BY SHARI GRECO REICHES
I’d like to start by asking you to close your eyes and think back to…your first crush. Do you remember yours? Mine was Marc. He was cute, funny and geographically desirable since he lived only a block away from me. I remember talking to my friend Myndee about Marc and being really excited.
As I’ve thought about that period of time, I started thinking how investing mirrors your first crush. How so?
Well, the cycle of investing has five key phases that a first crush has too. Let’s take a closer look:
Ah, your first crush. He is cute and you start to visualize the two of you together. That’s when you go ahead and tell your best friend. She tries to find out if the boy has a crush on you (which Detective Myndee did on my behalf).
You budget well and now have some extra cash to invest. It’s been a good market, so you call your financial advisor (Shari, of course) to add to your portfolio. You are optimistic that this will be a great decision.
You’ve finally heard the news from your friend: Your crush likes you back! What a magical moment full of elation. Everything feels wonderful and you couldn’t be happier. Maybe after school you guys can hang out! Life is beautiful.
You have been watching the news and the market continues to go up. You meet with your financial advisor and it has been a great quarter. Your investment has increased. What a feeling! You’ve made the right decision.
Just when things seem like they couldn’t be better, all of the sudden you hear rumors from your best friend that your first crush might like someone else. Oh no! You get more than a little nervous. You question yourself in countless ways: “Did I do the right thing? Should I really have told Myndee that I had a crush on Marc? Will I be able to face Marc at school?”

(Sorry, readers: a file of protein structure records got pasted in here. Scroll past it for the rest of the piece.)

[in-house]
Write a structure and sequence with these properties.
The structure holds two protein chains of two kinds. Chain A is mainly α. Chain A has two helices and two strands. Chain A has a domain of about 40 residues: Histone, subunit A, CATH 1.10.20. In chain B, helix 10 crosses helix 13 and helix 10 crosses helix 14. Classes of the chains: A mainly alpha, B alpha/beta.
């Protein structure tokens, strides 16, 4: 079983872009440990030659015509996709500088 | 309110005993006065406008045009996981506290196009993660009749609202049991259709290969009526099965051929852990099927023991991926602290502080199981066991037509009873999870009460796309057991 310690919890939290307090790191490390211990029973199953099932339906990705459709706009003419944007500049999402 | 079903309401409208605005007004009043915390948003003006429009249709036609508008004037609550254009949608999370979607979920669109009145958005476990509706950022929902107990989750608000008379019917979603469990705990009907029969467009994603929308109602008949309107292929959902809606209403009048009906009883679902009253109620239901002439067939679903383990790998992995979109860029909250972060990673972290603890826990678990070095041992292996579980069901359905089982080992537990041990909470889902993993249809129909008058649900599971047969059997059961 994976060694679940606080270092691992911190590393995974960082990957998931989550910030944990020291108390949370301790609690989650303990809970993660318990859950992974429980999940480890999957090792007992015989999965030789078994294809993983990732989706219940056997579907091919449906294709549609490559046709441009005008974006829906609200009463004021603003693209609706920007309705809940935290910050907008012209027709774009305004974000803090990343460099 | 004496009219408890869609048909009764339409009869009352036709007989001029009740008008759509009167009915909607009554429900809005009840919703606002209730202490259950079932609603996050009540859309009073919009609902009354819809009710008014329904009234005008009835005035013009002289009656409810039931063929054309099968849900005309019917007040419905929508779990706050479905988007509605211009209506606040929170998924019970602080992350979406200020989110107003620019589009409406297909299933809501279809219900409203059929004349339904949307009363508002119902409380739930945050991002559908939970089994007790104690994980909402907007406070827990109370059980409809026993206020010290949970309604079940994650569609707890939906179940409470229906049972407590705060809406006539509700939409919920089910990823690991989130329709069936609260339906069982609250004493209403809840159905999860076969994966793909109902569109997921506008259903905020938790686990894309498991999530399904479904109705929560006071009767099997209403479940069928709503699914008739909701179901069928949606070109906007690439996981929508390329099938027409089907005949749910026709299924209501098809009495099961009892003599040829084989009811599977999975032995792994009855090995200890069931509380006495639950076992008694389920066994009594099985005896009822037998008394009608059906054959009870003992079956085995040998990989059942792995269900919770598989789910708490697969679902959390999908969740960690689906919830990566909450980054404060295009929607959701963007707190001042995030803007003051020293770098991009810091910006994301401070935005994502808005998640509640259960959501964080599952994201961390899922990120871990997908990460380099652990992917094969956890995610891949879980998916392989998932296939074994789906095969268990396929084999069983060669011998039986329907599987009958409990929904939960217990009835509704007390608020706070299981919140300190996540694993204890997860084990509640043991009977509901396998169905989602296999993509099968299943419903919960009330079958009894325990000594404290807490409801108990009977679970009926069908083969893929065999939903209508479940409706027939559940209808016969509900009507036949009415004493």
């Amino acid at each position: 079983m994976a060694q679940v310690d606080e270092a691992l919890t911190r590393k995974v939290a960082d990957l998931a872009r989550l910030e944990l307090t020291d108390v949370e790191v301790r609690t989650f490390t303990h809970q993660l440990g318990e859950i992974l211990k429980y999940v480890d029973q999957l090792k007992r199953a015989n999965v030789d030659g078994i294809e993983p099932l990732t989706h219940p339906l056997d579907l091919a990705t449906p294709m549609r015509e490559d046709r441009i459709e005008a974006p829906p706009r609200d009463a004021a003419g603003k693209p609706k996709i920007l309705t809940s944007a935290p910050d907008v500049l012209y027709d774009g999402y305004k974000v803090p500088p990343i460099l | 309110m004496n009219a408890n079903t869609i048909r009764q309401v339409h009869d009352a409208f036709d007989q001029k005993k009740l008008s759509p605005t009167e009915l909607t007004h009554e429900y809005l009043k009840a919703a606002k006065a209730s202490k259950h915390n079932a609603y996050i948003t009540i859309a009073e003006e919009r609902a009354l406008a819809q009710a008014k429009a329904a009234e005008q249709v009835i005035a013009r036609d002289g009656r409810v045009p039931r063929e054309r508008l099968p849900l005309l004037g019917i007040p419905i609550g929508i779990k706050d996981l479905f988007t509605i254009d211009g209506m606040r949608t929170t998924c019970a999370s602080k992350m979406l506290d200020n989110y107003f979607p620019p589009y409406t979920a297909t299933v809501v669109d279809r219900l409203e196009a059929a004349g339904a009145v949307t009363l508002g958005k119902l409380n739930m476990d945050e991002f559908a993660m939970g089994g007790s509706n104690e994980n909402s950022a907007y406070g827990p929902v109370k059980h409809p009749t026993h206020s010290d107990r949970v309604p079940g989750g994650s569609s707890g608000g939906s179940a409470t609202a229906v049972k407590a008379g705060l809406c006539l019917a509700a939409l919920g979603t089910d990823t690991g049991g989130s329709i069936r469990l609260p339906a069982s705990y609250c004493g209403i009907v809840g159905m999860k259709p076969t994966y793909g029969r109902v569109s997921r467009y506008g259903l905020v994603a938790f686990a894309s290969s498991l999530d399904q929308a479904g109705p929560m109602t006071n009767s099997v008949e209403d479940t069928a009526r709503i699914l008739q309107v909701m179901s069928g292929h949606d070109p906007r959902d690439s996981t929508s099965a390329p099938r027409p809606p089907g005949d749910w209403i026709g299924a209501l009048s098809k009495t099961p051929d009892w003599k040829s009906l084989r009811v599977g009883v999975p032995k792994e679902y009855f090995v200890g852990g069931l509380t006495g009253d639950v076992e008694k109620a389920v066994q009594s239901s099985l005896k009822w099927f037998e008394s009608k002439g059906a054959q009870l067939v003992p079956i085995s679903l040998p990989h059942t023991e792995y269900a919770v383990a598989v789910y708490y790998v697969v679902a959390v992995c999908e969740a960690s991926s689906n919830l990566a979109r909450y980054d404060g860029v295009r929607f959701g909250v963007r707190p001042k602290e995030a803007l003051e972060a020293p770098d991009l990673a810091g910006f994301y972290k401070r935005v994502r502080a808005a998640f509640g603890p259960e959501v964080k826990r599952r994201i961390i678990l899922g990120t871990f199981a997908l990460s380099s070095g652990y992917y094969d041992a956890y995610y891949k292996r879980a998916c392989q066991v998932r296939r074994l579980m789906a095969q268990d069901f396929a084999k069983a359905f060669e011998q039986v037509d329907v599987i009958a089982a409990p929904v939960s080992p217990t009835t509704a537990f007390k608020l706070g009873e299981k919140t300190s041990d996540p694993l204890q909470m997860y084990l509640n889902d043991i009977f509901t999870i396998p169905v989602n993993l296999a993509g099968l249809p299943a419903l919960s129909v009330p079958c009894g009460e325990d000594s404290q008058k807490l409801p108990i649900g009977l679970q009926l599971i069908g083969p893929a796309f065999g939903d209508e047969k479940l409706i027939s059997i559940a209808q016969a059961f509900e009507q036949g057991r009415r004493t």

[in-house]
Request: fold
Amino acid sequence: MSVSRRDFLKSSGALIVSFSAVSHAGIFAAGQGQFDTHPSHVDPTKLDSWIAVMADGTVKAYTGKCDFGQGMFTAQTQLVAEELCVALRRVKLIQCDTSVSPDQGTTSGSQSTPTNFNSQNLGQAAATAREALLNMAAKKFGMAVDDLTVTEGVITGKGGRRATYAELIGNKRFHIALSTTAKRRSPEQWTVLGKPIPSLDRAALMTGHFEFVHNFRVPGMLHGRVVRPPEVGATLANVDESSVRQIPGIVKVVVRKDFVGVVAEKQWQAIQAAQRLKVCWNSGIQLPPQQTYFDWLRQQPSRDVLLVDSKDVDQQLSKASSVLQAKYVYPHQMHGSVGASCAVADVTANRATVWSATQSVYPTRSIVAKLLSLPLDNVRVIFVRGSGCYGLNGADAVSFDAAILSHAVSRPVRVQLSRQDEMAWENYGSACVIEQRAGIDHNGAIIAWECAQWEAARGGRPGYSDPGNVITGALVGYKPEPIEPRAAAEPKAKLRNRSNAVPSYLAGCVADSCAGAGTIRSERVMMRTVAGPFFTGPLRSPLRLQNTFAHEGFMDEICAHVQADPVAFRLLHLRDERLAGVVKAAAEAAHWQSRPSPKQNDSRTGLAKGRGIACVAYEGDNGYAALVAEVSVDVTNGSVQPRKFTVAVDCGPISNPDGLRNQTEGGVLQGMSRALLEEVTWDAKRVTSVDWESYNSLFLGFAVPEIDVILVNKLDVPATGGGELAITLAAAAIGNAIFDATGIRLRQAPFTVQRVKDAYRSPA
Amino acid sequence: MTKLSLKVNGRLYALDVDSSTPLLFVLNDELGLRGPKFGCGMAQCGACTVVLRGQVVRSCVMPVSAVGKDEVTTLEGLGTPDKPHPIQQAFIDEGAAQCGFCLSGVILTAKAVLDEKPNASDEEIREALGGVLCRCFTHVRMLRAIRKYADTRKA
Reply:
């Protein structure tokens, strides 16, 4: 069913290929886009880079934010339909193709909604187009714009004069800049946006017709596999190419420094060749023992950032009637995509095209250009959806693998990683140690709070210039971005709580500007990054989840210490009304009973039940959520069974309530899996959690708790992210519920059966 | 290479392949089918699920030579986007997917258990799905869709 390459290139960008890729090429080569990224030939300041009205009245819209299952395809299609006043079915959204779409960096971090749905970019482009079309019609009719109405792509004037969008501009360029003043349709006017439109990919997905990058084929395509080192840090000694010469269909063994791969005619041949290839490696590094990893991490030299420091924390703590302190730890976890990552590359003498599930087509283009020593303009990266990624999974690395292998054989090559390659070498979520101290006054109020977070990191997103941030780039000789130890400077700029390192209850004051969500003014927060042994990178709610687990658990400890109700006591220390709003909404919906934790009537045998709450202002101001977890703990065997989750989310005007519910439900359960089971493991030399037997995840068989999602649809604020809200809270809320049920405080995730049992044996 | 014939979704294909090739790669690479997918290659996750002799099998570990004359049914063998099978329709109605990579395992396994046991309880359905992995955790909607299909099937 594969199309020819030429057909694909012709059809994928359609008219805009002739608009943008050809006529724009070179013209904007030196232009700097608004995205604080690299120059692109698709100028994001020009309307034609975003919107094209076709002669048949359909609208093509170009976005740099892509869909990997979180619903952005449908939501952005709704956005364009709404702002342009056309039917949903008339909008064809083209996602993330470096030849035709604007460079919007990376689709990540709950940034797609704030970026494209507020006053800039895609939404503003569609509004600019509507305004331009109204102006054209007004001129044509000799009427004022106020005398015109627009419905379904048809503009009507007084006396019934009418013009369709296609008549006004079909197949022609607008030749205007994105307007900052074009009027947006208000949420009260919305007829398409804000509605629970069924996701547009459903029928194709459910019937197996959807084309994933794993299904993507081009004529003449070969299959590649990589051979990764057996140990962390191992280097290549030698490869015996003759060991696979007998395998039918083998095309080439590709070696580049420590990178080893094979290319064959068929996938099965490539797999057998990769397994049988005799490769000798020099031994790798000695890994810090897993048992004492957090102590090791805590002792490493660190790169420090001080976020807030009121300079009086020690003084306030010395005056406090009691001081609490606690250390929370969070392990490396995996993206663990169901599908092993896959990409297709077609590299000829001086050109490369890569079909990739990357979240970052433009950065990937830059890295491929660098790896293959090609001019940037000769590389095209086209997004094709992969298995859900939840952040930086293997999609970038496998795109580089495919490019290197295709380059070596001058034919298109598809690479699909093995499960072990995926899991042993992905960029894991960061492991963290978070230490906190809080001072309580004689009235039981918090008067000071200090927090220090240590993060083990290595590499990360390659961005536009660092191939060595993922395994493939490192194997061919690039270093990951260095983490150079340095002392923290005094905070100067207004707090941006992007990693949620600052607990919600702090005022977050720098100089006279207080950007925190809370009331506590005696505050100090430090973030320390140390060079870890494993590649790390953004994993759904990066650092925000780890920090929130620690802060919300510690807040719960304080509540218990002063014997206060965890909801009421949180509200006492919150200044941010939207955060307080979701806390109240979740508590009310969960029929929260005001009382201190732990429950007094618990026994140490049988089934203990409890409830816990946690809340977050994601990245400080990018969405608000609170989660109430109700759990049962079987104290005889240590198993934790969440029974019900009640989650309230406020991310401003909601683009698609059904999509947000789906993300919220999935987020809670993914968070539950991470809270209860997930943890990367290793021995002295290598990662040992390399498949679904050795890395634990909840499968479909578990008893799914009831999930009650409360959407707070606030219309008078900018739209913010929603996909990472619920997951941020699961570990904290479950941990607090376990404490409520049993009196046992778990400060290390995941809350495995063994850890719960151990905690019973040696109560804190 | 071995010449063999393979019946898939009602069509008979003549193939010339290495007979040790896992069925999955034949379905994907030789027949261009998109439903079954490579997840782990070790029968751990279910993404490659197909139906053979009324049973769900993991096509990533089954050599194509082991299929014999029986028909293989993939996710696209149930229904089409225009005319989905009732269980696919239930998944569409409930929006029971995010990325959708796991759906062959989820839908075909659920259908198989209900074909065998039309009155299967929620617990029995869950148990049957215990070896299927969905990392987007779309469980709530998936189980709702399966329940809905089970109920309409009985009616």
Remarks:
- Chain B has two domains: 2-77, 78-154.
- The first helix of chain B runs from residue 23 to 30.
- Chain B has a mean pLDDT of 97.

A similar scenario can take place in this stage of investing. Things are going smoothly, with the markets heading up, up, up. Unfortunately, one day bad news surfaces and your portfolio takes a dip. Just like your first crush, nervousness takes over as you ask yourself, “Did I do the right thing? Should I have waited and kept the money in cash?”
Your Support System
When I was nervous about my first crush, I talked to my friend Myndee who calmed me down. Having Myndee there to help me work through the ups and down was very reassuring. She would say, “It’s his loss…”
It’s a lot like talking with your advisor during tough markets. Someone who can keep you more in balance and help you remember the “big picture” through the market’s natural ups and downs, giving great advice like “Stay the course.”
Relief And Stability
Good news! As it turns out, Marc didn’t really like the other girl after all. He likes you! What a relief. You might be able to breathe easy being on more solid ground. Maybe even for a whole week or two…
From an investing perspective, this is the feeling that you’re overcome by when the market recovers and you feel good about your original investment: “Why was I so emotional?”
Lessons to be learned from both your first crush and investing
- There are going to be ups and downs
- The experiences can be emotional
- Having a close friend or a financial advisor by your side is crucial
- Don’t get too comfortable about the relief and stability…the cycle will continue.
Does this bring back memories for you as well? You and I both know that first crushes rarely work out. However, unlike your first crush, investing and having a trusted financial advisor can result in a long-term relationship.